Pop culture astrology, which is ridiculously over-simplified and is focused on future-predicting and superficially trying to control people’s lives, has strayed far from its potential. Those astrologers have let their ego get in the way, thinking they know it all, and dictating to people what will happen or what they should do. Because of this misconception, I don’t even want to admit that I’m interested in astrology; it’s a shameful thing, or at least it is for me, a scientist. Astrology could be thought of more as an exploration of personality types, which is how I’ve been thinking of it. I still don’t quite believe in all of it, and won’t be adopting it as a religion (as some people do), but I am enjoying learning about personalities, and the goals, struggles and tendencies that each one has.
I’m also reading Do What You Are: Discover the Perfect Career for You Through the Secrets of Personality Type by Paul D. Tieger and Barbara Barron-Tieger, which is the application of the Myers-Briggs personality typing to employment. It’s interesting, too, and I am starting to see different personality types in those around me. It helps me understand people better – perhaps why they do things they do. You can do a quick personality type inventory here.
But, back to the “endpoints.” If you are curious to know what astrology signs correspond to the endpoints from the previous post, send me a comment and I’ll get back to you (I won’t post your email address for all to see)! If you aren’t interested in astrology at all, I hope you’ll at least realize that we’re all made up differently, and applying your feelings/goals/way of doing things to another person isn’t a healthy strategy. We all have our own lives to live; let’s live them to the fullest!
What is your goal in life? Have you spent much time thinking about it, or does the question catch you off guard? Maybe you don’t even think there’s much point in goals, and just living day-to-day is enough. And that’s a good idea too — I think it’s best to have balance between looking toward a goal (personal, physical, whatever) but also not forgetting to live in the moment.
I’m reading a book about personalities, and it also gets a little philosophical at times. Very interesting stuff… so I thought I would publish what the author calls “endpoints.” They are the goal, or the main wisdom, or even the main struggle, that a certain type has. I’m going to introduce them to you as goals without telling you what personality type they go with… See which ones call out to you and sound like they apply to you!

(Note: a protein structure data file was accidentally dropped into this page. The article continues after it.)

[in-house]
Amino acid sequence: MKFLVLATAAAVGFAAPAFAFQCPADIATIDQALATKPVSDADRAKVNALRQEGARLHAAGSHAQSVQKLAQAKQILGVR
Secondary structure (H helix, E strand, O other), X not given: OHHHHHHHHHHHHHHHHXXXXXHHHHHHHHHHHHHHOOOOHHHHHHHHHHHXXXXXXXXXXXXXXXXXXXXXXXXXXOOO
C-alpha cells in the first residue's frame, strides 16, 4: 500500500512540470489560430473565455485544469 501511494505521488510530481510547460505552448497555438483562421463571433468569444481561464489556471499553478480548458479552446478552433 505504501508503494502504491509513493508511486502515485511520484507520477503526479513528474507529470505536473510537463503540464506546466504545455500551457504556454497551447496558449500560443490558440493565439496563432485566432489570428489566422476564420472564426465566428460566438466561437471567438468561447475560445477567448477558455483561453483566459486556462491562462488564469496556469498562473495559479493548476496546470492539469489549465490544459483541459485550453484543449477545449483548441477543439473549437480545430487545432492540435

- To harmonize your internal world with the external one. To live a life of integrity, only doing what you know to be right. Learning not to seek the applause of others, but instead to trust yourself, and find approval within yourself.
- To learn to find serenity and simplicity, and keep it.
- To recognize your seeds of discontent, the intense desire to grow toward perfection, fulfillment… even purity. To give selflessly, but also to learn humility.
- To reach an inner calm that is never upset. To know a peace so profound that nothing in your physical situation (flat tire, loss of job, etc) can upset you. To know inner harmony.
- To experience the freedom of true individuality. To defy the norm, the crowd, the social pressures. To be happy to be an exile, at times, because you have stuck up for the truth and spoken your mind.
- To perceive, observe, and understand the world. To unravel the clues to the meaning behind things you experience/witness. To be like a journalist, seeing all.
- To reach inward, to feel every nuance of life and deeper things. To love, trust and accept all that the world offers, even if it is unpleasant or undesirable.
- To live every minute as if it were your last. To strip away pretense, game-playing, and live in truth only. To live intensely in the moment.
- To change the way you see the world, to embrace more mystical ways, to think of consciousness and all the mystery that life is. To realize that no matter what, consciousness is everywhere.
- To live free of limitations, and to go for every challenge, despite roadblocks. To have the courage to say “I am going to pursue what I want/need in my life.”
- To create, to express yourself. To leave nothing hidden in your vast imagination. To learn to truly be yourself, to show exactly who you are to the outside world.
- To get out of your comfort zone, to explore. To learn new things and explore the world intellectually. To grow your intuition, and become more philosophical. Ultimately, to continue on the quest for the meaning to life.
Pause and think about each one as you read them again. Which one calls out to you? Some will certainly appeal more to you than others, and there might even be one that shouts out louder than all the rest! Tune in next week (or whenever I blog next) for more insight into these!